Skip to content
Sign In / Register
    false
    Mathematics | Teaching Strategies | Classroom Management | February 2, 2024

    4 Reasons Why GUIDED is the BEST Way to Teach Math

    Guided Math is a framework for teaching mathematics built on seven research-based components. In this guided math article, we will explore reasons why the Guided Math framework is highly effective for meeting the needs of all students in your mathematics classroom. 

    What is Guided Math?

    Guided Math provides “just right” mathematics instruction that targets students’ immediate learning needs.

    Guided Math invites teachers to engage their classrooms, to assess students' problem-solving abilities, and to utilize small-group and whole-group instruction, manipulatives, math warm-ups, and math workshops. Within the framework, students collaborate with their peers and develop a robust and productive mathematical learning community, engaging in a math workshop model and practicing math in productive workstations. Guided Math provides a structure for teaching mathematics as teachers focus on a specific strategy, skill, or concept. Differentiation is a key component as teachers focus on the development of each child.

    Guided Math is a model that offers all students opportunities to develop their mathematical skills at increasingly challenging levels of difficulty with the ultimate goal of helping them gain the ability to function independently in the world of mathematics. Guided Math allows teachers to establish and maintain a classroom framework organized to support numeracy.

    Seven components set the foundation for Guided Math implementation. Use them together to provide a practical, effective, research-based approach to mathematics instruction.  

    Reasons Guided Math is Best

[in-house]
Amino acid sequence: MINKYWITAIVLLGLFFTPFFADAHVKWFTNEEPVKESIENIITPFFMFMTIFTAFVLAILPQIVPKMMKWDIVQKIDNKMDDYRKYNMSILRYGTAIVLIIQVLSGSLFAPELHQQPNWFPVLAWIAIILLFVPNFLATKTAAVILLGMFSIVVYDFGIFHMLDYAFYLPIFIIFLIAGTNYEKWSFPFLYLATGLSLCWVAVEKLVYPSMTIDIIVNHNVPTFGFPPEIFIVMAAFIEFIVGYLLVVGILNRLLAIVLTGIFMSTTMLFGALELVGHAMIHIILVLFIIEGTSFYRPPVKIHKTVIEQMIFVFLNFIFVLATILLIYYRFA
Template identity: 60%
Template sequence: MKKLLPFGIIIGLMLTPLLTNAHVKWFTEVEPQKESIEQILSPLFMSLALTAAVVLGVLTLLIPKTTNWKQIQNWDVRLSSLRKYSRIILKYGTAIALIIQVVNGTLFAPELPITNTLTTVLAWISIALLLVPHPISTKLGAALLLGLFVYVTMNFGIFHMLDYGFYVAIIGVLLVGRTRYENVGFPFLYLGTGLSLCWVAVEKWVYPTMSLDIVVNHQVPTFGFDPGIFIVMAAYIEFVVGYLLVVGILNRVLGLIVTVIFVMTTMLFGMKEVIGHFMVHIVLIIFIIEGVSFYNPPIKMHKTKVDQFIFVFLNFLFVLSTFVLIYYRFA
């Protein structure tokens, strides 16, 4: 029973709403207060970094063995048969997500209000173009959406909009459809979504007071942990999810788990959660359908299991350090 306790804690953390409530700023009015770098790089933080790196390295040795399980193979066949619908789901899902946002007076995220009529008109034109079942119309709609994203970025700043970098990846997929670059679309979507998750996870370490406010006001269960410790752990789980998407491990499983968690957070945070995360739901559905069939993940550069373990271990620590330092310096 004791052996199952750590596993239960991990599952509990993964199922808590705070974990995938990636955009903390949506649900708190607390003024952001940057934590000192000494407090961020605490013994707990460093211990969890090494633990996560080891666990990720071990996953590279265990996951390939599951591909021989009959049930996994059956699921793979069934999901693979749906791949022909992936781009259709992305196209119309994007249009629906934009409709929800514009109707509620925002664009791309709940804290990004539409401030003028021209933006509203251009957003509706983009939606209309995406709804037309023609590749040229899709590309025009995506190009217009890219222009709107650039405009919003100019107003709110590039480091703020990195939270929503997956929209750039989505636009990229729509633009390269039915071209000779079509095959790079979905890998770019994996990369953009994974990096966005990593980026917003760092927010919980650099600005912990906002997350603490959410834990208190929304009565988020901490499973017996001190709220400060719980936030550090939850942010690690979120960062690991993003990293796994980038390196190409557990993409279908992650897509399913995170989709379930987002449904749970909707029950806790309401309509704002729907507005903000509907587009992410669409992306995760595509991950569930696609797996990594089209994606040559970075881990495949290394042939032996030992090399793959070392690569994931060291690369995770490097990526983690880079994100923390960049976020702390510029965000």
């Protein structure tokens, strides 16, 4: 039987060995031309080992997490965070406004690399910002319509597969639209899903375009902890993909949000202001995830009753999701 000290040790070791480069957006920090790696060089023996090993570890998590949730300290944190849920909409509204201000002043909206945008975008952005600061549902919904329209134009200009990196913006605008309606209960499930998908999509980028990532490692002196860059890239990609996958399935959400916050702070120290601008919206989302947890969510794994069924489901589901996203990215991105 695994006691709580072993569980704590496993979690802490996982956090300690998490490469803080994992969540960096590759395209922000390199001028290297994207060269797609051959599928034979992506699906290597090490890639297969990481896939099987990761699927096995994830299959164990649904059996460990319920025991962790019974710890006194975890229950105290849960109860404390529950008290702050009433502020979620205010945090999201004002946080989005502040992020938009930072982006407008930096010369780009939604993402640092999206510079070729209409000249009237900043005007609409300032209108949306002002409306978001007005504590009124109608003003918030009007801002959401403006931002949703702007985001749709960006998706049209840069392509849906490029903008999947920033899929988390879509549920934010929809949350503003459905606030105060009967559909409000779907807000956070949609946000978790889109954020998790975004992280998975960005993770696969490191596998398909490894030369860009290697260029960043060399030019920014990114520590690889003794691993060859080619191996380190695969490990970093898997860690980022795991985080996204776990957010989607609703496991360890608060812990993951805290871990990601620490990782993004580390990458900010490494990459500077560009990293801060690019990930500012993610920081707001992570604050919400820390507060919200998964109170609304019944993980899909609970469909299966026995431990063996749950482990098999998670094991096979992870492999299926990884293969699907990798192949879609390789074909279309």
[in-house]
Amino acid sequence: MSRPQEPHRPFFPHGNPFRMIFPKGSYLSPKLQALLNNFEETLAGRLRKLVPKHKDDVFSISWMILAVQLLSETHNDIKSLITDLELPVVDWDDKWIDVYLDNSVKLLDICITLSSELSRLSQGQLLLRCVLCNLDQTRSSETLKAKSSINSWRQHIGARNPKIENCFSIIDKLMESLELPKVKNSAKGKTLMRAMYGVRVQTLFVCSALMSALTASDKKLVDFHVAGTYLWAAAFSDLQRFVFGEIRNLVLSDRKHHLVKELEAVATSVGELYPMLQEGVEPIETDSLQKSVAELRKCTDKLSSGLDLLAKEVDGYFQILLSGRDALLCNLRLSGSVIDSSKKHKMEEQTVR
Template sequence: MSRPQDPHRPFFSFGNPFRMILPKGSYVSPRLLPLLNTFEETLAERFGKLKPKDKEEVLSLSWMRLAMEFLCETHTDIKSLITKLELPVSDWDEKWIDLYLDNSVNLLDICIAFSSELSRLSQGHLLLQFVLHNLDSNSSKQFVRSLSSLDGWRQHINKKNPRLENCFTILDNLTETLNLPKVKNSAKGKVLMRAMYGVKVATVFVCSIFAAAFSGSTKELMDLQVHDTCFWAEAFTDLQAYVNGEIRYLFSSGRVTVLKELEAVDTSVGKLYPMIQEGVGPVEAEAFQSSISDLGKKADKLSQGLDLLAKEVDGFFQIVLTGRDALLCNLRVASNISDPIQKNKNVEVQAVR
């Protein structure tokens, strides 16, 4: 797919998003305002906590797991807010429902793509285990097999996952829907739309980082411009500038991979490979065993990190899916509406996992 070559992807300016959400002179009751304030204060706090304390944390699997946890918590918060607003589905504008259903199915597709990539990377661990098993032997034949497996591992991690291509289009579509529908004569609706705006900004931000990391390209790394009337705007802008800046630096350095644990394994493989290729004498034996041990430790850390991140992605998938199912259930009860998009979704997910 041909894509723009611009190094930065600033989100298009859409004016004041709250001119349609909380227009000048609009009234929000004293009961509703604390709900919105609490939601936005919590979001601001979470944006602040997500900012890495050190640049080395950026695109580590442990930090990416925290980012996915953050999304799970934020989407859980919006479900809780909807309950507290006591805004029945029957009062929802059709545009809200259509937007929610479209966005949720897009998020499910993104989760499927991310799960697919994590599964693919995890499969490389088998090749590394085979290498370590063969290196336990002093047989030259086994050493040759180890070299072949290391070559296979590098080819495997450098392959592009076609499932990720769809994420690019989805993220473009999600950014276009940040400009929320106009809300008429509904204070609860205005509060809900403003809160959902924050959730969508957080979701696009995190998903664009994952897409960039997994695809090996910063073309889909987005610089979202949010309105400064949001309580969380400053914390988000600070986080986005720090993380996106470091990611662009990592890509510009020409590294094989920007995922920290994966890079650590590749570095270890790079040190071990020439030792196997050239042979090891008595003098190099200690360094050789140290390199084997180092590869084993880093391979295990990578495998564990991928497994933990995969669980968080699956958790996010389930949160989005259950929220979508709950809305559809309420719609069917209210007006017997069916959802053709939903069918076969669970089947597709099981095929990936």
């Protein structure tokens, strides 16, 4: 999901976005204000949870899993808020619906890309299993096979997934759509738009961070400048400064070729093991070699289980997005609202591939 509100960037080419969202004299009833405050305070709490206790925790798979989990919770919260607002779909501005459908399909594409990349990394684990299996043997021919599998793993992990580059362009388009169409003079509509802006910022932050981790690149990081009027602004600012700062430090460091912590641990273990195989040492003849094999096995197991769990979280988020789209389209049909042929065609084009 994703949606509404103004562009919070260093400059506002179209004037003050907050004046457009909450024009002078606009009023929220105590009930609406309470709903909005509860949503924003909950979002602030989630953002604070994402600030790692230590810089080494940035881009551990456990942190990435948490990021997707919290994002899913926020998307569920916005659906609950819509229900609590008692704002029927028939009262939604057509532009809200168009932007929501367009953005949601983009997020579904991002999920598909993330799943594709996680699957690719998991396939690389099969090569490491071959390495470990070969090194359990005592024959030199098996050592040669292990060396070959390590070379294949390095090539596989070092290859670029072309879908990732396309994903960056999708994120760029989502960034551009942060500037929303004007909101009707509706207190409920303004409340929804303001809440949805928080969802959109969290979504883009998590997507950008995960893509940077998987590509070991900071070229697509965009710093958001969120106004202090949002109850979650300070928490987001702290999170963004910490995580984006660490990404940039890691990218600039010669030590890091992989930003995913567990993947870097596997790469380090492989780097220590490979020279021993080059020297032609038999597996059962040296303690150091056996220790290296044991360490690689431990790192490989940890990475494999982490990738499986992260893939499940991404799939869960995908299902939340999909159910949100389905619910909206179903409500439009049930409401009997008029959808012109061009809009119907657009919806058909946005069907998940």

After being an educator for over 20 years, I’ve learned a lot about what works and doesn’t work with students. I now know that I did a lot of things that probably weren’t in the best interest of my learners (like stand and deliver math instruction for 60–90 minutes *face palm*). Watching education evolve has been a learning experience. Trends come and go, but a trend I’ve been involved with for the past eight years is Guided Math. After project managing several large implementations, I am convinced that it is the best way to teach math. Here are four reasons why.

    Cater to shorter attention spans

    We know that students’ attention spans “decline precipitously after 10–15 minutes.” I dare say for some lower elementary students, it’s even shorter. One of the seven tenets of Guided Math is whole-group instruction. Guided Math shifts instruction away from a 60-minute lecture to a shorter, whole-group segment at either the beginning of the lesson, the end, or both. This caters to students’ short attention spans. The whole group mini-lesson captures attention but quickly transitions to the next activity, dissuading boredom and getting students moving and focusing on the next task.

    Focus on individual needs

    With the Guided Math framework, teachers can focus on individual student needs, rather than teaching the same thing in the same way to the whole class. The pertinent instruction takes place at the teacher table and is carefully tailored to meet students at their level. Prior to the lesson, students are placed into homogeneous groups and during workstation time, the teacher requests that students come to the table. Here, the teacher has carefully planned instruction based on targeted areas for growth or acceleration. In addition, instruction is differentiated based on student learning styles. When executed correctly, the teacher table is a valuable tool that allows for individualized instruction while providing immediate feedback, which helps with planning next steps for students.